Technically this bad boy is a Black Bottomed Raspberry Cream Pie. According to the original recipe. But because it was the fourth and because I love the old red white and blue, I went rogue and made it with strawberries and blueberries. Basically, you can stick whatever fruit you like with chocolate on this pie and it’s going to be delicious (although I will say that I prefer the original raspberry method the most).
As I said in my fourth of July post, I made the cheater’s version this time around because 1) it was too hot to stand over the stove and stir pudding and 2) I was short on time. I will say openly that instant pudding is not the way to treat this pie. Not only because it isn’t as decadent, but also – and more importantly – it doesn’t hold its shape. That said, though, it’s still damned delicious.
It starts with the best part: a cookie crust. Buy a package of Nabisco’s Famous Chocolate Wafers (found in the cookie aisle – they’re in a yellow box) and toss 3/4 of them into a bowl. Eat the other quarter unabashedly. While drinking milk. Make a cookie milkshake in your mouth. These are just recommendations based on past successful efforts. aka It’s just what I prefer to do with the extras.
Back to the first 3/4 of the cookies. Mash them up (I used a potato masher) until they’re nice and crumbled. Mo’ crushed is mo’ betta.
And then add a quarter cup of sugar and a half cup of melted butter.
And mix until all of the wafer crumbs are wet. Then dump them into a greased pie dish and spread them out evenly, pushing them down with a fork (or a potato masher or a spoon) until it resembles a pie crust.
(This picture doesn’t do this cookie crust justice. It’s amazing enough to eat by itself.)
Pop the crust into the oven at 350 degrees for 10 minutes. I took this time to make the pudding (instant pudding – boo). If you make the real (better) pudding, this is still a good time to make it, because you have to let the crust cool before the next step…putting the pudding into the crust. Which you then cover with plastic wrap (so the top doesn’t get filmy) and refrigerate overnight.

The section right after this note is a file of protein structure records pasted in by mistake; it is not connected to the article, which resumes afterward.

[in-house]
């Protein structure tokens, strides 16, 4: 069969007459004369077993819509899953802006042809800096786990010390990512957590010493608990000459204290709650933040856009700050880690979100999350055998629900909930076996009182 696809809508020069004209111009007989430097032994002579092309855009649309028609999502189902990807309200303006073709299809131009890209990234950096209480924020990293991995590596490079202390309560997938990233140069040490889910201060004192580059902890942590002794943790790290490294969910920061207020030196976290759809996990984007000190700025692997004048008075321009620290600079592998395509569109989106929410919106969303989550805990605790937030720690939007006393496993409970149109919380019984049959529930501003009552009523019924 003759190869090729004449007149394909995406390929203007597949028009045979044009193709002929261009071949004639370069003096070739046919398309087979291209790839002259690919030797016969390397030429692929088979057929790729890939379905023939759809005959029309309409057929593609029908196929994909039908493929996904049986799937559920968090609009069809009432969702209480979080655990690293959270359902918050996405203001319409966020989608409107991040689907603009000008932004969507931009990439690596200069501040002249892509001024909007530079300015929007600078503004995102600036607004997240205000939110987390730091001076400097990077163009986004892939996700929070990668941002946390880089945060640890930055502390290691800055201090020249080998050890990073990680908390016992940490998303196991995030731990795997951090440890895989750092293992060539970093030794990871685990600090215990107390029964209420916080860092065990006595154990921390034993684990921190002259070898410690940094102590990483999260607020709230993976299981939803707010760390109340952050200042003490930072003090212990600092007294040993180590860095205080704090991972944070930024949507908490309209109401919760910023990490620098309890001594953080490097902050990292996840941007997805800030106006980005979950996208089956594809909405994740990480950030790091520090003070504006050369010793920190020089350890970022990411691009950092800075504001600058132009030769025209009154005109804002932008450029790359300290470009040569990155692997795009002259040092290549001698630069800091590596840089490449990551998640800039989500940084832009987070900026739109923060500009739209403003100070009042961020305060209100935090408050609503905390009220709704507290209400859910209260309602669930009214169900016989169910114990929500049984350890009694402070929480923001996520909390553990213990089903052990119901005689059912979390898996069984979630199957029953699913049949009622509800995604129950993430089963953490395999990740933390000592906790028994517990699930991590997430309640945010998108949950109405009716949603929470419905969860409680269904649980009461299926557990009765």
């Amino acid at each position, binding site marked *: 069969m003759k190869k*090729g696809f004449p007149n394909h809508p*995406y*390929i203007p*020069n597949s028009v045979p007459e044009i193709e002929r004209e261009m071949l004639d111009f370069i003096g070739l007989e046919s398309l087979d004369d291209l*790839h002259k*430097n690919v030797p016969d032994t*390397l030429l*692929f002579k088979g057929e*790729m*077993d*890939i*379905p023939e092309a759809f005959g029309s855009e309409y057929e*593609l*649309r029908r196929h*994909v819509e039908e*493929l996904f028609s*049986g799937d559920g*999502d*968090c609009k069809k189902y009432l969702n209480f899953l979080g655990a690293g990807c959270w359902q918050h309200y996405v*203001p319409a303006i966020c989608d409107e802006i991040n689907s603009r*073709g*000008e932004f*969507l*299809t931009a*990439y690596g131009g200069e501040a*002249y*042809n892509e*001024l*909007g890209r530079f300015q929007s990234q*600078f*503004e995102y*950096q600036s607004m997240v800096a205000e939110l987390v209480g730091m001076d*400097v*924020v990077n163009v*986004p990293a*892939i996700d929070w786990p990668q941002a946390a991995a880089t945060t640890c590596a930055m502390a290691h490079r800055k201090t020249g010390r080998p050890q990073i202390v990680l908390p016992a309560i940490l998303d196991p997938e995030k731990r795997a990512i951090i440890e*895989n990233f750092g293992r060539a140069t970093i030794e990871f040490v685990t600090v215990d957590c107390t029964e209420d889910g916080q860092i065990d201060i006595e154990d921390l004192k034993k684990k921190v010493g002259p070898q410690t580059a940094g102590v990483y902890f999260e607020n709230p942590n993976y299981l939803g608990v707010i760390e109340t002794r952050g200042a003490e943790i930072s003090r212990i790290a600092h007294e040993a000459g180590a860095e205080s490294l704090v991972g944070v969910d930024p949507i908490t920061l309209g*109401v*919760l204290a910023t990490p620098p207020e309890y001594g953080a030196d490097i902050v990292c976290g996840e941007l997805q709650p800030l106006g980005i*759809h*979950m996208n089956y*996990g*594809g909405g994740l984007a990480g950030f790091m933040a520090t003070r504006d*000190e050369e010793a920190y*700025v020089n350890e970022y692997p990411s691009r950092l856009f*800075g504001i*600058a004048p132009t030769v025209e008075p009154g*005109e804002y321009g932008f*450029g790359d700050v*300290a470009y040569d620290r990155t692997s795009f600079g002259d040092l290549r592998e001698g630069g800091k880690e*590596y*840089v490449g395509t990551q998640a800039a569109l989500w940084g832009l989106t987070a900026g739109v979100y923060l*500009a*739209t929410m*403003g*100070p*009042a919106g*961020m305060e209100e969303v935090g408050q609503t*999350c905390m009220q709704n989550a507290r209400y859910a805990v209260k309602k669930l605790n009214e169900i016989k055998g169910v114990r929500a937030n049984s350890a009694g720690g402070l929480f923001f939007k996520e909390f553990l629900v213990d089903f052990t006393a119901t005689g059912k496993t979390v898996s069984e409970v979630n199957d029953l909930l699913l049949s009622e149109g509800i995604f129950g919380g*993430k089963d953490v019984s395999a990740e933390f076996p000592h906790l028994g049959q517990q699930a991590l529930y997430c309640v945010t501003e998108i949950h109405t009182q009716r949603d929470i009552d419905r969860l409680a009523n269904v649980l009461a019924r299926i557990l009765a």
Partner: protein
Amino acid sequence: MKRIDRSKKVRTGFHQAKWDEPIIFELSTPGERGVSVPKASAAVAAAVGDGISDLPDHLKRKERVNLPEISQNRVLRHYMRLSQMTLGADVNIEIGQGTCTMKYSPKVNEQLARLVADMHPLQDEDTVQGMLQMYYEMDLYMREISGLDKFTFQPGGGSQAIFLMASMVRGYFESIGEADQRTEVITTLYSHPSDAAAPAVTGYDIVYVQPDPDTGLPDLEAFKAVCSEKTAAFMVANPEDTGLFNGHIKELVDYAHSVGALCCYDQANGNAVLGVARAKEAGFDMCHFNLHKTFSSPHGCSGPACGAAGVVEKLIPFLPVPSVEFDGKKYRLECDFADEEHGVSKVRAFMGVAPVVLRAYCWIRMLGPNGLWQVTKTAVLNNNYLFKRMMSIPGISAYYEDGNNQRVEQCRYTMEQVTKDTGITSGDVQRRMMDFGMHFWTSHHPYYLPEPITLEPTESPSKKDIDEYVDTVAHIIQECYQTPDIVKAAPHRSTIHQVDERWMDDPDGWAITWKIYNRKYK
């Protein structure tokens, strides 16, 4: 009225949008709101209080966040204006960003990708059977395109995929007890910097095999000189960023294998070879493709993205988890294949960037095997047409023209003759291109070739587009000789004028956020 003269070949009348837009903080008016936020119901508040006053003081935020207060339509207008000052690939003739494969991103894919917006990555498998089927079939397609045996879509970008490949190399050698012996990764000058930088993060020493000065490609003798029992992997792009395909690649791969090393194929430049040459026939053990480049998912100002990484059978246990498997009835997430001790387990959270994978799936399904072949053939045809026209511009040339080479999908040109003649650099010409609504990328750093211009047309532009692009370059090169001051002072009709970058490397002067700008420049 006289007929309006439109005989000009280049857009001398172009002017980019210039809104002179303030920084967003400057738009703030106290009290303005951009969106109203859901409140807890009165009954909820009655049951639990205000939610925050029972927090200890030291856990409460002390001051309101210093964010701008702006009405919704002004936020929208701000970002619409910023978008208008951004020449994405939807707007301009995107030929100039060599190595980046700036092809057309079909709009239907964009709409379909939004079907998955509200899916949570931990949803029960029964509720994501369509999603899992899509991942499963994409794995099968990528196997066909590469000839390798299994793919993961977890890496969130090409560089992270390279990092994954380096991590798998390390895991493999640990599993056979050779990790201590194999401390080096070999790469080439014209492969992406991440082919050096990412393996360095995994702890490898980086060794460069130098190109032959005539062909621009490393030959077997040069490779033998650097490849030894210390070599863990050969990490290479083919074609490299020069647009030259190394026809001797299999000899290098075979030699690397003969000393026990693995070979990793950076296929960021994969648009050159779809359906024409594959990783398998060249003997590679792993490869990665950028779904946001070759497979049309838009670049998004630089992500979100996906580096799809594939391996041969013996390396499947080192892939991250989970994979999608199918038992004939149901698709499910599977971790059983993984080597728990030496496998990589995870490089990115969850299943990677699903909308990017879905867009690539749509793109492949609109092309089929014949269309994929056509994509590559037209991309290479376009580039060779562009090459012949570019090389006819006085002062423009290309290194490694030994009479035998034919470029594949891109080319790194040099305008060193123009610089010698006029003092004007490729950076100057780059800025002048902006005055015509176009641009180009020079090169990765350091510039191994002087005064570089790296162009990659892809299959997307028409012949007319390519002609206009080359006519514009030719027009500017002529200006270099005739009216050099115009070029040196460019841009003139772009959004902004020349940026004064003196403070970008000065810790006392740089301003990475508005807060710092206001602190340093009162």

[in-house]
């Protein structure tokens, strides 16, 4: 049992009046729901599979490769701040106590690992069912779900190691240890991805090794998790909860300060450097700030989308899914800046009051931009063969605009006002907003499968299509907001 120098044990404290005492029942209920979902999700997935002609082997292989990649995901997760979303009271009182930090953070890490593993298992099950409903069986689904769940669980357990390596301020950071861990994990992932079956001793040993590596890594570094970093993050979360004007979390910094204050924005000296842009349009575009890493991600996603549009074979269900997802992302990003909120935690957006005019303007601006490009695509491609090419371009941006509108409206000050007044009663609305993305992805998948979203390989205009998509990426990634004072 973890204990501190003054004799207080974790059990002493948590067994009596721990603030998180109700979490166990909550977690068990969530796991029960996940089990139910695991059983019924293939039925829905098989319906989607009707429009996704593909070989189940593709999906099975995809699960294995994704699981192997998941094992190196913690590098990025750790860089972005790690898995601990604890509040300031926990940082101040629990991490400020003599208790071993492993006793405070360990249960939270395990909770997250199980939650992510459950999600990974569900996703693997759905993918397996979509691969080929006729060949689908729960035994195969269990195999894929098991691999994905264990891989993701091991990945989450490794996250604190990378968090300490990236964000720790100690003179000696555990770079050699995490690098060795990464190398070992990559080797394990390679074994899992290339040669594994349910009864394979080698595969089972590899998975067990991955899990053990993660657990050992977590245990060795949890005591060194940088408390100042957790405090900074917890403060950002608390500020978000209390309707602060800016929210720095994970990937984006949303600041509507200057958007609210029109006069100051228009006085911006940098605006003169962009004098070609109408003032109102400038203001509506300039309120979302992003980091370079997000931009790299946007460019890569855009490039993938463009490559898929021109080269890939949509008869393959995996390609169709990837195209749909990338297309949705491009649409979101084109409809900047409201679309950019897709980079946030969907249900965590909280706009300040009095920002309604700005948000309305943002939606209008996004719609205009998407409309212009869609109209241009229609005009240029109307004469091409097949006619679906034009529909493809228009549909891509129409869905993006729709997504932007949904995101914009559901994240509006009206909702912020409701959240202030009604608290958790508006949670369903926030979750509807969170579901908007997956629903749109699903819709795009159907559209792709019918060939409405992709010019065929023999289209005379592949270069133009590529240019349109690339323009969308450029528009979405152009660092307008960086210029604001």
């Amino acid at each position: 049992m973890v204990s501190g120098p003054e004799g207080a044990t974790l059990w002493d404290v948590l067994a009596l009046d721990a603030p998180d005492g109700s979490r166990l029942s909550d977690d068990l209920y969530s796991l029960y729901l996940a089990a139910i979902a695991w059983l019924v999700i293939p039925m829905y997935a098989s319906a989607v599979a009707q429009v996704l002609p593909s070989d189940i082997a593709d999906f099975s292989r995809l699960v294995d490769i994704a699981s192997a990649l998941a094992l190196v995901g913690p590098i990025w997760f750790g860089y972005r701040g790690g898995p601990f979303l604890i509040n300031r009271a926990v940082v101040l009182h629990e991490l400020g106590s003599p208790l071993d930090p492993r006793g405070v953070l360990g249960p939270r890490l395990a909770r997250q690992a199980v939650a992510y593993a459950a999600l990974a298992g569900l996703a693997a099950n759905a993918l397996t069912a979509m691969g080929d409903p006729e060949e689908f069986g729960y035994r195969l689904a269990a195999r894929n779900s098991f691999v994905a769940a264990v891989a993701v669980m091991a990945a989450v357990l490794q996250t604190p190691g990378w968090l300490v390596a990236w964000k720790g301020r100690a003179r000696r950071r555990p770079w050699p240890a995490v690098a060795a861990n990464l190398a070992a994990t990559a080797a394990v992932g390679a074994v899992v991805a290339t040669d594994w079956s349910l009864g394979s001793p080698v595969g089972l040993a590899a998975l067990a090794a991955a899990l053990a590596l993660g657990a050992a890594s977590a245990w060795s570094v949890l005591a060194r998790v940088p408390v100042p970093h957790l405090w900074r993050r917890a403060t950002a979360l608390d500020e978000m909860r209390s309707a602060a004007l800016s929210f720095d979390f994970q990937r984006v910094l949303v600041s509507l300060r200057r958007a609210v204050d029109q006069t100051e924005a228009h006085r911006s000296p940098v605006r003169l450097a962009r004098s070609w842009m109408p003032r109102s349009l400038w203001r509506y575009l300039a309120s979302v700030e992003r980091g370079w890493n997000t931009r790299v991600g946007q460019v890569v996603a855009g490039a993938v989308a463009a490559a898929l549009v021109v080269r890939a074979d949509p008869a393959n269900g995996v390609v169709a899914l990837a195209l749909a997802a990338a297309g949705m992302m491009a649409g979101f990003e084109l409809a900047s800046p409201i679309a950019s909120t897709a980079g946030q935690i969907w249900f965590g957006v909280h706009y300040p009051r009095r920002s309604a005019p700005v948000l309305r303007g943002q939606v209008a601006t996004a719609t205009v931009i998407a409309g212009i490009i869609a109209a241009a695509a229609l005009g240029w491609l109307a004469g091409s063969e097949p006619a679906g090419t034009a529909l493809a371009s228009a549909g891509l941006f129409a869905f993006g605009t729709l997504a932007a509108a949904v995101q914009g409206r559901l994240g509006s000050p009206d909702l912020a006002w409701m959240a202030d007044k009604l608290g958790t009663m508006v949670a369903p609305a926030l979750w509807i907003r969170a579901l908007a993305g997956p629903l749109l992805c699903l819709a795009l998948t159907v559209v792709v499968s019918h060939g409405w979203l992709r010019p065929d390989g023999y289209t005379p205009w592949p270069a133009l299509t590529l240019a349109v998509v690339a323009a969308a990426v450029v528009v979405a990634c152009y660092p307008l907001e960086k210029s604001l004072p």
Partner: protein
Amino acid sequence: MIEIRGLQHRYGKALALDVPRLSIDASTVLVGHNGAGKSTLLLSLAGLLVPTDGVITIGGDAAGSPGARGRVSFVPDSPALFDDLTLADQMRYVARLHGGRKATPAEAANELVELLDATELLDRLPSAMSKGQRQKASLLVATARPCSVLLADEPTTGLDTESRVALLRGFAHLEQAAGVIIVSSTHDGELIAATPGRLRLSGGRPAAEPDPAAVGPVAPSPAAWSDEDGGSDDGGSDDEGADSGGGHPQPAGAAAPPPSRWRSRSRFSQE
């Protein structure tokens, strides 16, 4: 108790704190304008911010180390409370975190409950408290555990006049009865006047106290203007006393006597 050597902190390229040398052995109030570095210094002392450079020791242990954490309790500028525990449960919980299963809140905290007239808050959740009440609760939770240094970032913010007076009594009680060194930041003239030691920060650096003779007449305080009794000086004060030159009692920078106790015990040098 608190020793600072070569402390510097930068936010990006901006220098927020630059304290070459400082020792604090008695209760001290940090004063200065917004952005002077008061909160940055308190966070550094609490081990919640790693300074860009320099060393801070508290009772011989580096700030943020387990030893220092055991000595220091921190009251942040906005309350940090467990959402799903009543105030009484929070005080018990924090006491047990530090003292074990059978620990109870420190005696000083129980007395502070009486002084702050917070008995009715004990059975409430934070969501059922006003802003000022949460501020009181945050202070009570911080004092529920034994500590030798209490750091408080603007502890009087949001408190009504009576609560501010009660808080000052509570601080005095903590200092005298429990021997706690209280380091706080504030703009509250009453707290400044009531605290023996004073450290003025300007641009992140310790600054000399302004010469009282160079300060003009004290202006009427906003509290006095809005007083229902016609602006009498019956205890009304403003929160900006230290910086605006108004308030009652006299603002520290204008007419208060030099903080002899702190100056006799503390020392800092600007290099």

The next day, chop up your fruit(s) of choice (if you use raspberries, no chopping is needed – another bonus).
And then push them into the pudding. Not so far that you can’t see them, but far enough that they’ll stick. This is your first layer of fruit.
(Side story: This pie will always remind me of Kevin. Before we started dating – when I was still acting like I wasn’t into him – I insisted that he try my pie. Kevin is allergic to most fresh fruit and hates chocolate, so as far as I’m concerned, it was proof of how much he liked me when he ate the entire gigantic slice I cut him. We went on our first date the next weekend. I no longer ask him to eat chocolate and he no longer pretends that he will. Except when my parents bought him a little chocolate fudge cake for his birthday last year…they didn’t know. He ate his whole slice.)
After you’ve smooshed the berries appropriately, throw on the Cool Whip. (Yes, Eagle Eyes, I know you saw it in the earlier picture.) I am not ashamed to embrace the beautiful deliciousness and simplicity that is Cool Whip. I don’t like making my own whipped cream and it is more of a headache than I care to deal with. It’s also more expensive and I can never get it right.
And top off that Cool Whip with the extra berries. That’s it. Keep it in the fridge until you’re ready to serve it. And if it doesn’t all get eaten at once (doubtful), then enjoy it the next day. Still darned delicious.
(This is clearly my favorite picture of it.)
I’ll save you the headache of trying to follow my instructions and just lead you on over to the Bon Appetit recipe that has the details on your own pudding and your own whipped cream if you’re feeling adventurous. People love this – not only is it beautiful, but it’s also delicious. Enjoy!